Date of Completion


Thesis Type

College of Arts and Science Honors



First Advisor

Guillermo Rodriguez


russian, second language acquisition, language learning, linguistics, flipped classroom, morphology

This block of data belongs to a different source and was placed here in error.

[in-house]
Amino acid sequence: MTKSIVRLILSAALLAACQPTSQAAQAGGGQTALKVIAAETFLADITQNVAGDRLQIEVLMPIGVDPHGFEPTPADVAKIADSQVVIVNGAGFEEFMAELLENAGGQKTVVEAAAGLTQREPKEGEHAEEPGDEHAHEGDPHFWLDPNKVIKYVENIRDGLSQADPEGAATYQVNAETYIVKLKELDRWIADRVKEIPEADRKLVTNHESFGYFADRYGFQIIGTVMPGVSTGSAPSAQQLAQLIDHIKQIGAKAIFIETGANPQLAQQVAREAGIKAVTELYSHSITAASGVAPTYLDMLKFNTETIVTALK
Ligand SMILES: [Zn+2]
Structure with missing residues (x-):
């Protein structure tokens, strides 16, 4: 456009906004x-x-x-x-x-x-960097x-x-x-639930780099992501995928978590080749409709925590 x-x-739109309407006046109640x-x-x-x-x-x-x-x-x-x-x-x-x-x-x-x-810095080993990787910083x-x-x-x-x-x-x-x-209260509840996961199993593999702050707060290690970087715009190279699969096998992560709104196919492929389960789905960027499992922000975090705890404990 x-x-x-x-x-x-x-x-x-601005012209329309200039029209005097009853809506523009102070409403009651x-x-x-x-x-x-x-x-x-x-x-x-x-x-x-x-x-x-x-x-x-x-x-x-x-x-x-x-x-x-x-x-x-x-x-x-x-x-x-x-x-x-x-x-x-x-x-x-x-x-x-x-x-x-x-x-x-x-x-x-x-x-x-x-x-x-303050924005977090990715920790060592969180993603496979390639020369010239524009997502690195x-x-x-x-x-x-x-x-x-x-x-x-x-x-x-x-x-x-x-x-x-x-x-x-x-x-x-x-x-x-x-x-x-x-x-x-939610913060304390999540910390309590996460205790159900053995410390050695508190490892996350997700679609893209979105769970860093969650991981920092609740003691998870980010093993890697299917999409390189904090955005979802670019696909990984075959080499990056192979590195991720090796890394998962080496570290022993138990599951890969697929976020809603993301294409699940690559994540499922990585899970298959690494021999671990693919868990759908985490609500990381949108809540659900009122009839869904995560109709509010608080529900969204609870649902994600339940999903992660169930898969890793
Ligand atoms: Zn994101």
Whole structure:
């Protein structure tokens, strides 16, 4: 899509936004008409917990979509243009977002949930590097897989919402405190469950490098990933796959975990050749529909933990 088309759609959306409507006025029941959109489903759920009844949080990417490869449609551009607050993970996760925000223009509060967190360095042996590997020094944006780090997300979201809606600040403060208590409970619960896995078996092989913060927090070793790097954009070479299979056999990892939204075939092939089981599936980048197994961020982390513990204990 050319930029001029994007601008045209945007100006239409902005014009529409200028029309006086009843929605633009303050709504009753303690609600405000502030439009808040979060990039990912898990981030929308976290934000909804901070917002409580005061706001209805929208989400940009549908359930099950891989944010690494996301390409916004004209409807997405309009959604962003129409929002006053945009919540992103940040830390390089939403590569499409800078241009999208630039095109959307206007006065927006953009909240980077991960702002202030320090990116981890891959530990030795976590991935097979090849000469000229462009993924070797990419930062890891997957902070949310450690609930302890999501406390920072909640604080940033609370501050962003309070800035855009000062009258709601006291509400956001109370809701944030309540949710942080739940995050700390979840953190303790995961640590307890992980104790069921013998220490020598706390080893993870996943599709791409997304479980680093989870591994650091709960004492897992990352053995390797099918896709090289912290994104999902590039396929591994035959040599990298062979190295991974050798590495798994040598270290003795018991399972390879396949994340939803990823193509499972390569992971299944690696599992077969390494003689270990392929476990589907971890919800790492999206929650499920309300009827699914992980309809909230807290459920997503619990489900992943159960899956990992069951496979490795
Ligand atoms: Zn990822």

The Elementary Russian curriculum at UVM is a flipped classroom, a relatively new approach to communicative language teaching, in which explicit grammar and vocabulary work is conducted at home and class time is reserved for communication between peers and the instructor. In this thesis, we measured the interactions between teaching methodology, learner cognitive capacity, and language proficiency in the acquisition of Russian as a second language (L2). As a means to investigate proficiency, we tested students’ knowledge of the complex Russian conjugation pattern for present tense. Participants completed cognitive tests measuring working memory (WM) capacity, attention, multi-tasking capacity, and fluid intelligence. These variables were correlated with the proficiency results, which revealed significant relationships between WM and attention capacity. In the present study, WM and attention predict a learner’s performance in the production of Russian verbal morphology.